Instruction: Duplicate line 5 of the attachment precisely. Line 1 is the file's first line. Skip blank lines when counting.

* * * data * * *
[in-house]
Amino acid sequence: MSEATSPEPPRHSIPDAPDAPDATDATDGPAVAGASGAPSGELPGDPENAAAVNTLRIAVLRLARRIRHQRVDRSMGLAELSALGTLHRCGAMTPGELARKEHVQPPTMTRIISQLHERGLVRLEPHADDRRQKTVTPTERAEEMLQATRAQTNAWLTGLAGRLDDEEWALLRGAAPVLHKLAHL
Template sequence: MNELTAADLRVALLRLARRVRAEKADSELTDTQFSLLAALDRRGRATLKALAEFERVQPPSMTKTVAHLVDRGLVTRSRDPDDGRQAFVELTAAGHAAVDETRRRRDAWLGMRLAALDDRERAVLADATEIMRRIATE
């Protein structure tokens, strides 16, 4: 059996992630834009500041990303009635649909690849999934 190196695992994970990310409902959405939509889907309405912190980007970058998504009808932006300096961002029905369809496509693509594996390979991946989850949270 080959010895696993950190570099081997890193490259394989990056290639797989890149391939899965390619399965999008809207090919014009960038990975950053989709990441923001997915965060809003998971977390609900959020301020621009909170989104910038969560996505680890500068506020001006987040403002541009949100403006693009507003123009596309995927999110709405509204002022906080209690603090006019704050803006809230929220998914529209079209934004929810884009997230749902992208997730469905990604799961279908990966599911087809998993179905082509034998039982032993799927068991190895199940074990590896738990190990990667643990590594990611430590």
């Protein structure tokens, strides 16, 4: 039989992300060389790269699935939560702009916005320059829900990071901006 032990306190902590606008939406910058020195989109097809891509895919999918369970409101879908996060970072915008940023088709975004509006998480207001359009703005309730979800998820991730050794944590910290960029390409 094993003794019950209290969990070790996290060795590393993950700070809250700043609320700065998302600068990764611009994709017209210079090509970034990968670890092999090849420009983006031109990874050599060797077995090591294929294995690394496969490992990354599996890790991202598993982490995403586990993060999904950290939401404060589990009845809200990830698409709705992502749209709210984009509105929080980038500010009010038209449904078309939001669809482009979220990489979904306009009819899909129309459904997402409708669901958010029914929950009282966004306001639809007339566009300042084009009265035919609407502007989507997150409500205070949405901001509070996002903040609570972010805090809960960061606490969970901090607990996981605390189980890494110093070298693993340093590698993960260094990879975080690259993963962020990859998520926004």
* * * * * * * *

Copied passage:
């Protein structure tokens, strides 16, 4: 039989992300060389790269699935939560702009916005320059829900990071901006 032990306190902590606008939406910058020195989109097809891509895919999918369970409101879908996060970072915008940023088709975004509006998480207001359009703005309730979800998820991730050794944590910290960029390409 094993003794019950209290969990070790996290060795590393993950700070809250700043609320700065998302600068990764611009994709017209210079090509970034990968670890092999090849420009983006031109990874050599060797077995090591294929294995690394496969490992990354599996890790991202598993982490995403586990993060999904950290939401404060589990009845809200990830698409709705992502749209709210984009509105929080980038500010009010038209449904078309939001669809482009979220990489979904306009009819899909129309459904997402409708669901958010029914929950009282966004306001639809007339566009300042084009009265035919609407502007989507997150409500205070949405901001509070996002903040609570972010805090809960960061606490969970901090607990996981605390189980890494110093070298693993340093590698993960260094990879975080690259993963962020990859998520926004």